That's what I always did. Leave enough space so I'm not "pushing anyone" but I left the lights on so no one forgets the ambulance is still trying to get thru or think we're cancelled and then tried to pull in front of us in said space.
 

DesertMedic66

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That's what I always did. Leave enough space so I'm not "pushing anyone" but I left the lights on so no one forgets the ambulance is still trying to get thru or think we're cancelled and then tried to pull in front of us in said space.
I’ve had partners do that but IME that will usually make cars go into the intersection on the red. I’ve had no issues with turning lights and siren off a ways back and then just pulling up behind someone like I am driving normally. Wait for the light to turn green and then turn back on when cars are through the intersection.
 

Peak

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It depends greatly on the situation so I don't think that there is a simple answer to this. This also greatly depends on your department policies and local laws regarding emergency traffic.

If I truly couldn't move and lights/sirens wouldn't do anything for me then there is no point to leaving them on. It causes increased stress for the crew and patient if being transported. Why would you have lights/sirens on if there is no possibility that they decrease transport time?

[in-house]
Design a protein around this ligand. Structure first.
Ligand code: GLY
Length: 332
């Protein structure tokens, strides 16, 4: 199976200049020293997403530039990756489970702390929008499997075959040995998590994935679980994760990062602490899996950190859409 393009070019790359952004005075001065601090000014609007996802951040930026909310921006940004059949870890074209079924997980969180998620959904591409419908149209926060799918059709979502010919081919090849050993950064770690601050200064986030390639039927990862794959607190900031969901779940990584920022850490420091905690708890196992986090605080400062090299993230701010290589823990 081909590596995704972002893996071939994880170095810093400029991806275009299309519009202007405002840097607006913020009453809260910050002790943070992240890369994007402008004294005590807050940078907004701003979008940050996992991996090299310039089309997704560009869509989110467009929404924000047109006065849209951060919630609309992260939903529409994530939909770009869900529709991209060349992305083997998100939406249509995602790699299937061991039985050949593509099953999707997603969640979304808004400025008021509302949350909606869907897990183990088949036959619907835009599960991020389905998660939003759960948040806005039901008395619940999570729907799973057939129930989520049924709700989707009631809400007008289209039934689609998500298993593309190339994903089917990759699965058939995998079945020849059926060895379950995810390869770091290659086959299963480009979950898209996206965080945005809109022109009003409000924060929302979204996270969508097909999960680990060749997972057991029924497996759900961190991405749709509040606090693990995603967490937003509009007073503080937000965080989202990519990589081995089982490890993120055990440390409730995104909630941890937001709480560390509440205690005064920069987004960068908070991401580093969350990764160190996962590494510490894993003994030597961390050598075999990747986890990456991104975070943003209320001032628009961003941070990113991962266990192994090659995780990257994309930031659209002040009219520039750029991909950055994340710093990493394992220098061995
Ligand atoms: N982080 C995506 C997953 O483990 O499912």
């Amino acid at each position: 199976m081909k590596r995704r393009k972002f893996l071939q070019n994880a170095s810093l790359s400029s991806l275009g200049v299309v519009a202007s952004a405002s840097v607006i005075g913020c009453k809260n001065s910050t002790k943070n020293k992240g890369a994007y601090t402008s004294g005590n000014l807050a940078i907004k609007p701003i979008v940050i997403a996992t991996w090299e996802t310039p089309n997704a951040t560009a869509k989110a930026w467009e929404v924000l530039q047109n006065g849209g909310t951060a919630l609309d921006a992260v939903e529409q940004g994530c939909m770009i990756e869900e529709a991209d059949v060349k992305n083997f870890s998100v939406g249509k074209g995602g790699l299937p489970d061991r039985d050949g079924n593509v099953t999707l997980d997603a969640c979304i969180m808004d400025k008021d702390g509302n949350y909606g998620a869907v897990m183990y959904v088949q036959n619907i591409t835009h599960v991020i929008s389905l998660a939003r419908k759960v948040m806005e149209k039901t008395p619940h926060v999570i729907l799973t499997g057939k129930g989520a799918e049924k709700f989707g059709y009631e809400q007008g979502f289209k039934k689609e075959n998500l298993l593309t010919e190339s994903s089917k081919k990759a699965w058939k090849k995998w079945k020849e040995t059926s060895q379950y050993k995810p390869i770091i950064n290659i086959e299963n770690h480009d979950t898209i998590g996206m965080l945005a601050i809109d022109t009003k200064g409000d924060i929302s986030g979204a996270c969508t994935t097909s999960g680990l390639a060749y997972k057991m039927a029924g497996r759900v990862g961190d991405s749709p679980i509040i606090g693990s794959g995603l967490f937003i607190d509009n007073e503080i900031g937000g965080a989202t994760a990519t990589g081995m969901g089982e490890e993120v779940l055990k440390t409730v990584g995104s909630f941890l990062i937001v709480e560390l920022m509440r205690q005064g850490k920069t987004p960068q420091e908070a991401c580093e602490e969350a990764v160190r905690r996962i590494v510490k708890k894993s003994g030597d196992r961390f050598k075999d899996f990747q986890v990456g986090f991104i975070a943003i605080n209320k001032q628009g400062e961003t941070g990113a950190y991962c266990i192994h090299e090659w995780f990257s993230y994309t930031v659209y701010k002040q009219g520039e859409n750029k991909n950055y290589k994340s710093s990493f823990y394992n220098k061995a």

Rarely is there truly such a no-win situation. If I really needed to move I would consider crossing the median into the opposing lane or something similar. We also know that lights/sirens have often shown to have no or limited value to decreasing transport time, so I'm not that hung up if I can't use them.
 

DrParasite

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Suppose you're running red and come to a red traffic light where all four lanes has four cars backed up in front of you and there is no way to either squeeze through or go around the stopped cars.

Do you continue to sound the siren? (If you'd change to another sound, that constitutes a "yes.")
Pete, why would you continue to sound the siren? if there is nowhere to go, you are either going to a) have people run the red light and cross into the intersection or b) just really annoy the drivers who are unable to move.

I'd leave my lights on, and wait patiently for the light to turn green. I don't like turning my lights on and off, as some drivers might get confused with the lights going on and off, but leaving a siren on when no one can move, and no one can legally move, serves very little purpose (unless you want to follow the letter of the law, which says if your lights are on, your siren should be on too, in which case, it's either all or nothing)
 

CANMAN

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Pete, why would you continue to sound the siren? if there is nowhere to go, you are either going to a) have people run the red light and cross into the intersection or b) just really annoy the drivers who are unable to move.